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Price of real estate up after CNRP dissolved: Hun Sen

Khuon Narim / Khmer Times Share:
Prime Minister Hun Sen met with trade and union officials on Koh Pich yesterday. Facebook

Prime Minister Hun Sen yesterday said the economic situation of the country looks promising after the dissolution of the opposition CNRP and as the national election nears in July.

“Based on what happened before prior elections, the price of real state, houses, and land did not go up because they were waiting to see how the situation unfolded after the elections,” he said. “But this year, since the CNRP was dissolved, the price of land has begun to go up and everything is stable and people say that the situation is better after the CNRP disappeared.”

“So, the people used to vote for them and they have seen that when they [the CNRP] existed, the situation seemed very gloomy,” the premier added while speaking to trade and union officials on Koh Pich.

The CNRP was dissolved by the Supreme Court in November after its leader Kem Sokha was jailed on treason charges for allegedly conspiring with the US to topple the government through a colour revolution. Its 118 senior members were banned from politics for five years.

Former CNRP lawmaker Ou Chanrath disagreed with the premier, saying that people are still waiting to see political stability following the dissolution of the CNRP.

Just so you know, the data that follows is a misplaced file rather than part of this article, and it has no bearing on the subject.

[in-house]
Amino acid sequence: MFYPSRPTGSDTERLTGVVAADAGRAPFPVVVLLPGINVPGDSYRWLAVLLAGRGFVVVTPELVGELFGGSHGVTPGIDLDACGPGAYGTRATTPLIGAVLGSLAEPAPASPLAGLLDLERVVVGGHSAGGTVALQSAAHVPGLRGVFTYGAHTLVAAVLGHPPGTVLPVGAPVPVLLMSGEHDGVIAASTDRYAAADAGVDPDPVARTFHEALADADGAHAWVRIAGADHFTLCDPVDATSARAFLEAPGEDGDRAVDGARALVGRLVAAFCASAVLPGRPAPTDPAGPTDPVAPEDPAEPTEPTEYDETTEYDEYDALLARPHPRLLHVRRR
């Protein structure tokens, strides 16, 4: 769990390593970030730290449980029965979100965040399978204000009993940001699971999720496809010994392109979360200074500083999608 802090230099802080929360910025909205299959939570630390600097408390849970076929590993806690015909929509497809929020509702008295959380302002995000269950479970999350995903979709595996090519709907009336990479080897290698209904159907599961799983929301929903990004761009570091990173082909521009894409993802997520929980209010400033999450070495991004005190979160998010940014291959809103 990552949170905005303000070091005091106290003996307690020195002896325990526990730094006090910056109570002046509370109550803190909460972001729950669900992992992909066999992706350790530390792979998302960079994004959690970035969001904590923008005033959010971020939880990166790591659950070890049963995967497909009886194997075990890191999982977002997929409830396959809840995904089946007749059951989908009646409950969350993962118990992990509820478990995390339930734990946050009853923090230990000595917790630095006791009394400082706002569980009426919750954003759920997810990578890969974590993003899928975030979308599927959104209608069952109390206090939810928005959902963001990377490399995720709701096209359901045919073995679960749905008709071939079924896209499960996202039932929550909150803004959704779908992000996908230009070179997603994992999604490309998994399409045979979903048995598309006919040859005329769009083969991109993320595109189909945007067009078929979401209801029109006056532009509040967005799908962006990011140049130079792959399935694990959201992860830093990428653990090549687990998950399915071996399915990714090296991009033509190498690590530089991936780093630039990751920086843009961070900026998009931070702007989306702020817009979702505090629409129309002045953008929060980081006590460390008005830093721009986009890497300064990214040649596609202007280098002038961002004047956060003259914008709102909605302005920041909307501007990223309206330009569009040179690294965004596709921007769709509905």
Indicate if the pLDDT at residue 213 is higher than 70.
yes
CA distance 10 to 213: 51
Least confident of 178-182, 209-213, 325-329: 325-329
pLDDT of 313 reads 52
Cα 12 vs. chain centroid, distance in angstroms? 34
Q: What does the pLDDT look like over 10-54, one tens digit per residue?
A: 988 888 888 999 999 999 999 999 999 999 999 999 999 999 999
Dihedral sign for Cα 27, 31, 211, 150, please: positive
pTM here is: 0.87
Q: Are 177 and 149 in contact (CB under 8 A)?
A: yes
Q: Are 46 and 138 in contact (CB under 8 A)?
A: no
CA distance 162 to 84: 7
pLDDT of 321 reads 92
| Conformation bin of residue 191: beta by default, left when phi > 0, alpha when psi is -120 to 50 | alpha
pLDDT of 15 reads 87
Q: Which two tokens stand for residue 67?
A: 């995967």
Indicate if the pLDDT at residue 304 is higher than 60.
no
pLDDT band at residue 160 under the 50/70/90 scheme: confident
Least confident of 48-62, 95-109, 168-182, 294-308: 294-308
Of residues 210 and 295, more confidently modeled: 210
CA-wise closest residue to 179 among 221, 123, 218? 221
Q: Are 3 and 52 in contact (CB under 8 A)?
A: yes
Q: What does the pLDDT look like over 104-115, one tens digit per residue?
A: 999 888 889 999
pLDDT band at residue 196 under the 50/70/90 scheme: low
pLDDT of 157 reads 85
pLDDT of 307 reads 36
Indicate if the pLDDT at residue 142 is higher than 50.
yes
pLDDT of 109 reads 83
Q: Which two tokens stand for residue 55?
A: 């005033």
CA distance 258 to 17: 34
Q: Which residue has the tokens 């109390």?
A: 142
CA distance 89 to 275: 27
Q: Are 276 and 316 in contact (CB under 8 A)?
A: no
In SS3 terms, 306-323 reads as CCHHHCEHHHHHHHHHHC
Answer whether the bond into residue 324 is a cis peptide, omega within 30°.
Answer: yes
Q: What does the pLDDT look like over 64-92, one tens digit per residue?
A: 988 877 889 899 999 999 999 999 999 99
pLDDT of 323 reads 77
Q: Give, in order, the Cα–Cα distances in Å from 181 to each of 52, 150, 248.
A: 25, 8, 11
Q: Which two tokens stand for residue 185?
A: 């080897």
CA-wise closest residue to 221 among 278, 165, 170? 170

“We see some buildings are in limbo and some big land is difficult to sell because they are still pondering and they do not yet believe we have political stability,” Mr Chanrath said.

San Chey, executive director of the Affiliated Network for Social Accountability, said that Mr Hun Sen’s comments were made to help bolster the housing sector.

“The dissolution of the CNRP is not contributing entirely to the increase of the price of land and real estate,” Mr Chey said.

Sam Kuntheamy, executive director of election watchdog NICFIC, agreed that the price of real estate and land has gone up, especially in tourist areas and special economic zones.

“Businesspeople see economic growth and political stability, even though the EU and the US cut funding to the country,” Mr Kutheamy said.

Sok Eysan, spokesman for ruling CPP, said that Cambodia was on the right track.

“We see that investors are not reluctant to invest in Cambodia and they continue to come more and more,” Mr Eysan said.

The World Bank has predicted that Cambodia’s GDP will grow at 6.9 percent this year and next, slowing slightly to 6.7 percent in 2019.

Inguna Dobraja, World Bank country manager for Cambodia, said recently that GDP growth is expected to remain strong with higher public spending and the expansion of agriculture and tourism offsetting moderation in construction and the garment sector.

“It is encouraging to see that Cambodia’s economic growth will continue to be strong in the next few years,” she said.

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